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The United Methodist Church just held a historic vote in favor of LGBT inclusion. Here's what that means for the organization's future

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Bishop Karen Oliveto is retiring in a few months as a United Methodist bishop.

Oliveto was emotional saying those words aloud. As the church's first openly gay bishop, her path was not always certain.

"Every day of my ministry, I've had to wonder, is this the day my ordination will be taken from me?" Oliveto said.

That is, until this year's United Methodist General Conference, the church's global legislative body, voted to overturn every ban on LGBTQ people. The historic changes include a new definition of marriage as a lifelong covenant between "two people of faith," rather than solely between a man and a woman, and a repeal of its ban on LGBTQ clergy.

The General Conference also struck down a 52-year-old stance on homosexuality being "incompatible with Christian teaching."

"To hear someone say, 'we need to repent of the harm we've done.' I didn't realize my body was waiting for that," said Oliveto.

The changes, which are effective immediately, open new doors for LGBTQ members. One 24-year-old, who wished to go by J.M., is working toward becoming ordained as a deacon in the United Methodist Church.

"We have been here and we have been fighting, and our fight has been worth it," they said. "It shows that progress can happen and has happened."

J.M. said they felt they needed to navigate around their identity as part of the LGBTQ community and not address it directly until the General Conference.

"Queer kids … the church once told them 'you're loved,' but then made that love conditional when they started to question their sexual orientation or gender identity," said Oliveto. "They're going to hear, 'We love you. We want you to be who God made you to be.' That is huge. Lives will be saved."

The General Conference overwhelmingly supported the end of anti-LGBTQ church laws, after more than 7,600 mostly conservative congregations chose to disaffiliate from the United Methodist Church by the end of last year. That equates to about a quarter of U.S. Methodist churches.

Those U.S. congregations were able to leave because of a 2019 special General Conference that passed a plan for congregations that wished to depart for "reasons of conscience" regarding human sexuality.

There was widespread joy and celebration at the General Conference that concluded on Friday, but there are still global members, including those from central conferences in Africa, Europe and the Philippines, who do not stand by the new changes. 

Some African delegates protested after the vote on changing the church's stance on marriage, according to the United Methodist News Service.

Reverend Jerry Kulah, a delegate from Liberia, said at the rally, "We do not believe we know better than the Bible."

The General Conference also passed a constitutional amendment known as worldwide regionalization, which means many congregations that disagree with the church's new, inclusive stance on LGBTQ people will likely be able to make adjustments that fit their beliefs.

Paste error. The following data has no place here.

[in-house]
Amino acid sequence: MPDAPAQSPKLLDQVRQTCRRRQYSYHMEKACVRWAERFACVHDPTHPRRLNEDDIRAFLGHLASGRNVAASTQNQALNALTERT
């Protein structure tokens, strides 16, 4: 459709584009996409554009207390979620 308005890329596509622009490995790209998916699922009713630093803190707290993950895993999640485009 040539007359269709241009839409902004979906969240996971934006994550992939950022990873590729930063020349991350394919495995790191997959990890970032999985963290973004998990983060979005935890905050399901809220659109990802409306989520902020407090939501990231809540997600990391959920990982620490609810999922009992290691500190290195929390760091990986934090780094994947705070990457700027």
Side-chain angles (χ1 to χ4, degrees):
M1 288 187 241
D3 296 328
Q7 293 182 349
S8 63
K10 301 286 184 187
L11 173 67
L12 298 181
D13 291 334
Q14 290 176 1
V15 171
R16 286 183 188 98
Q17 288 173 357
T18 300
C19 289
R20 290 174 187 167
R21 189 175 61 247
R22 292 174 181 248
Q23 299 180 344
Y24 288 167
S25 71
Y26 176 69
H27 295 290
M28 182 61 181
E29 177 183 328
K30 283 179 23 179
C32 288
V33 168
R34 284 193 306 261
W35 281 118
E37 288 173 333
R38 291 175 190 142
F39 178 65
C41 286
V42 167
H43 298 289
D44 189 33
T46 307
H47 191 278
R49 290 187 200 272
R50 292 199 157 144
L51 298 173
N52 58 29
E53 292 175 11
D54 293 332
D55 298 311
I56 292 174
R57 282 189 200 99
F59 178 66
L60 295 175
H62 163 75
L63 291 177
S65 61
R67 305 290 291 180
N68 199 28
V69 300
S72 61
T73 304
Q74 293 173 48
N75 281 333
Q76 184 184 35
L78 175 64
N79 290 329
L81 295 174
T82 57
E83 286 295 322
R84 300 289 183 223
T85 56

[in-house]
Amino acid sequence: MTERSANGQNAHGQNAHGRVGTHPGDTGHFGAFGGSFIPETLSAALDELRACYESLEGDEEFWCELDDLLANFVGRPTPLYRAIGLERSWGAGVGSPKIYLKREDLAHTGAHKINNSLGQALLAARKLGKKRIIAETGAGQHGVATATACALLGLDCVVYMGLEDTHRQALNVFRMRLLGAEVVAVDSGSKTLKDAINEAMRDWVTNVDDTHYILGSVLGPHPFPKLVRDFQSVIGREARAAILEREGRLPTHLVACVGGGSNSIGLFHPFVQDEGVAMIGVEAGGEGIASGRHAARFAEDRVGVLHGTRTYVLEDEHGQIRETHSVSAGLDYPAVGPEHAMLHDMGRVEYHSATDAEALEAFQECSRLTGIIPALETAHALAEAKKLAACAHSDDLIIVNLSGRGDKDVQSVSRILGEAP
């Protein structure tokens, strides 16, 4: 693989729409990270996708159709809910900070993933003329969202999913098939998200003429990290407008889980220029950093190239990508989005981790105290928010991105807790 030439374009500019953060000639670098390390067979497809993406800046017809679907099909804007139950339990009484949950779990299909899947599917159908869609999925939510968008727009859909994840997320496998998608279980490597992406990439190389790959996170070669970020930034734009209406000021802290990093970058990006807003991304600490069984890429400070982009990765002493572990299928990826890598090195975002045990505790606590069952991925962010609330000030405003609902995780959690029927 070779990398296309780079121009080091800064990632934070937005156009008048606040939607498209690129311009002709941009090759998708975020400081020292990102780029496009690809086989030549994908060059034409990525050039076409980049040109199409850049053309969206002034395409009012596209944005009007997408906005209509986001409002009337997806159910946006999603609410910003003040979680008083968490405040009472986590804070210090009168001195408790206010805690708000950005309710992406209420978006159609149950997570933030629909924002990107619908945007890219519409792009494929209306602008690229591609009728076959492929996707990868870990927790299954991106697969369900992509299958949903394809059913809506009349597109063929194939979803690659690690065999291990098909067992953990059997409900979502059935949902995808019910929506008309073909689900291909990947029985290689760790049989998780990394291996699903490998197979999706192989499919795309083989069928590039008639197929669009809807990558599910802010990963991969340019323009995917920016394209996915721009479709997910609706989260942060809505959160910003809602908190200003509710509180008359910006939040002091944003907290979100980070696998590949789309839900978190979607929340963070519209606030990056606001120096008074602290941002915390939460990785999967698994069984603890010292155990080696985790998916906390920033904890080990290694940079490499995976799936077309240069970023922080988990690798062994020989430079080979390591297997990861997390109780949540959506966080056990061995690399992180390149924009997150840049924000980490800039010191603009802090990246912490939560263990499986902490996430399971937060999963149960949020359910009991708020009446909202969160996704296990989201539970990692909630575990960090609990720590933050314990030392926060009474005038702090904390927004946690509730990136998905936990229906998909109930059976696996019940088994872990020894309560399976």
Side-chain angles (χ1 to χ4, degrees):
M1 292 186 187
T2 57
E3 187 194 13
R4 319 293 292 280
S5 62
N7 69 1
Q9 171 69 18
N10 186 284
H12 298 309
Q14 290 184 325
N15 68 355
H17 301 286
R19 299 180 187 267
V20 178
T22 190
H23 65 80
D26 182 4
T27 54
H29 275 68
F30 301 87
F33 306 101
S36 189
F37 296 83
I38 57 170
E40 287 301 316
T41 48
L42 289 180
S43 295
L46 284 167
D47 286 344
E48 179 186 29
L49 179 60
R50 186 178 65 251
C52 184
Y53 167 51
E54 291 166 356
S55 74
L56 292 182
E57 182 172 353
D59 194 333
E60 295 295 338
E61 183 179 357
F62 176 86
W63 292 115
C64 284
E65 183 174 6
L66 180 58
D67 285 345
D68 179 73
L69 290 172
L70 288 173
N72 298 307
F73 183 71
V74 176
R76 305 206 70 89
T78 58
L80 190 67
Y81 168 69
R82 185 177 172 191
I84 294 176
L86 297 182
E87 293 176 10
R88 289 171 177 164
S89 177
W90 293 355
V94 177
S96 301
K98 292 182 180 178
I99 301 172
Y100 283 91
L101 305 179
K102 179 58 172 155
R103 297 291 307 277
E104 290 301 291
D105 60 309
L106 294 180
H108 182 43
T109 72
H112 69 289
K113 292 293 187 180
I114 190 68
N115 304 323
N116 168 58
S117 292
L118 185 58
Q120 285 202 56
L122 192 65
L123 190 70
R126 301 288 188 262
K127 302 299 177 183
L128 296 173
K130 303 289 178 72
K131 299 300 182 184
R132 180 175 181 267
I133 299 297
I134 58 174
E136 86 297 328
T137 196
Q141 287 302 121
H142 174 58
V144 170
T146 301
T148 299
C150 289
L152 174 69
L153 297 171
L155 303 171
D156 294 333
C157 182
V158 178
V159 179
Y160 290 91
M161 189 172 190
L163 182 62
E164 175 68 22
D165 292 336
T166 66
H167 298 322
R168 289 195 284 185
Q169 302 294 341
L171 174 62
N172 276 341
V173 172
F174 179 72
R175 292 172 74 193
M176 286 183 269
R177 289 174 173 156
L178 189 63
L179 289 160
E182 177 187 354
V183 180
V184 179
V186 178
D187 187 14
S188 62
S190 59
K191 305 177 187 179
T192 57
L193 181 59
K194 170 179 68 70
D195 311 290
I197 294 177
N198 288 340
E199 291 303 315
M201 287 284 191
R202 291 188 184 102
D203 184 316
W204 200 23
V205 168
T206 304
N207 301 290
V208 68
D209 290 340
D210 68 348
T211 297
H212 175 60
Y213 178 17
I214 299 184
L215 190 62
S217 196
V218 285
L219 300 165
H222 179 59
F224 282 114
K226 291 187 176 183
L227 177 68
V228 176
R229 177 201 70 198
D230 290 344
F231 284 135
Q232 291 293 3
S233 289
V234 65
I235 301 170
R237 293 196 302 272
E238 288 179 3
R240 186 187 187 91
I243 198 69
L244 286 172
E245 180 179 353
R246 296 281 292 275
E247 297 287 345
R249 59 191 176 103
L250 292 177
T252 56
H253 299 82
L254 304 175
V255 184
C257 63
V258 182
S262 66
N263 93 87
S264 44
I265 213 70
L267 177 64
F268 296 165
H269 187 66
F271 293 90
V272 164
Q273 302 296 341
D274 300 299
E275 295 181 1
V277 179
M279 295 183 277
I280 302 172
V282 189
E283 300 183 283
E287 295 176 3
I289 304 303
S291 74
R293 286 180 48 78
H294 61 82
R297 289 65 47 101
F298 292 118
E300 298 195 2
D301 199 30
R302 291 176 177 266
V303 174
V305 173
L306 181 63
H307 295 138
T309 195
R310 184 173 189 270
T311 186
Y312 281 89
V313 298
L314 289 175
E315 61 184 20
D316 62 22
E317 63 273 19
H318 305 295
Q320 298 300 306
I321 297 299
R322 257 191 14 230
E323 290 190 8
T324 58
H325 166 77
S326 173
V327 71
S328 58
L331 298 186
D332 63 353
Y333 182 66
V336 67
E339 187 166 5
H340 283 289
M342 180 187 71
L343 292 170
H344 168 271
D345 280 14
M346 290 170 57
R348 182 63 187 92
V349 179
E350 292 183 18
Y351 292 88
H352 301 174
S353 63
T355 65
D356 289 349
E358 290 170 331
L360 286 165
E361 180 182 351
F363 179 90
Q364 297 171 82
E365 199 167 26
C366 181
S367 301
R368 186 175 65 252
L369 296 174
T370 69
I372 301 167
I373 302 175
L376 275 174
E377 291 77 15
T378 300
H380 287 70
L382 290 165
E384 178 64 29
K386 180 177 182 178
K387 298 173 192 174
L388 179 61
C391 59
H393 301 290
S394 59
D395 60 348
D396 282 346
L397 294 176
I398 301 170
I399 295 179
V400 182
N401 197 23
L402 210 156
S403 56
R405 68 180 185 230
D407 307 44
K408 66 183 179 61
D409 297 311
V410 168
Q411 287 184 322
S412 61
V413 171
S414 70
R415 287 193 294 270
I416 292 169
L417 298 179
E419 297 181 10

Regional conferences could customize parts of the Book of Discipline, which outlines church laws, instead of needing to conform to judgments dominated by the U.S. That includes the ordination and marriage of LGBTQ members.

The regionalization amendment must receive support from at least two-thirds of annual conference voters, who are part of local governing bodies. The votes will likely not be finalized until late next year.

Even with regionalization at play, some congregations may choose to depart the United Methodist Church.

Many congregations that left by the end of 2023 joined the Global Methodist Church, which launched in May of 2022 and has rules against LGBTQ ordination and marriage.

Keith Boyette, a former United Methodist Church member who is overseeing the Global Methodist Church during its transitional period, said the Global Methodist Church now has more than 4,500 churches, about 90% of which are in the U.S. It will hold its General Conference in San Jose, Costa Rica in September.

Boyette does not think regionalization will be helpful for the United Methodist Church.

"I believe in the long run, there will be a decline in the membership of the United Methodist Church because of the decisions it has made," he said.

But Bishop Tracy Smith Malone, the president of the Council of Bishops of the United Methodist Church, is confident regionalization has the ability to strengthen the church.

"It allows for a more contextualized ministry in order to address the specific social and cultural contexts," she said.

Malone recognizes that some congregations still may decide to leave following the decisions made at the General Conference. But she also believes that "others will come home," she said. "That some were waiting and have left for a season."

As the church moves forward, Malone said there is a renewed spirit of hope with the stance that all people are fully welcomed into the total life of the church.

As Oliveto reflects on the changes and prepares for life beyond the ministry, she said, "I feel like I'm leaving the church better than I found it."

Editor's Note: A previous version of this article misstated Bishop Tracy Smith Malone's name.

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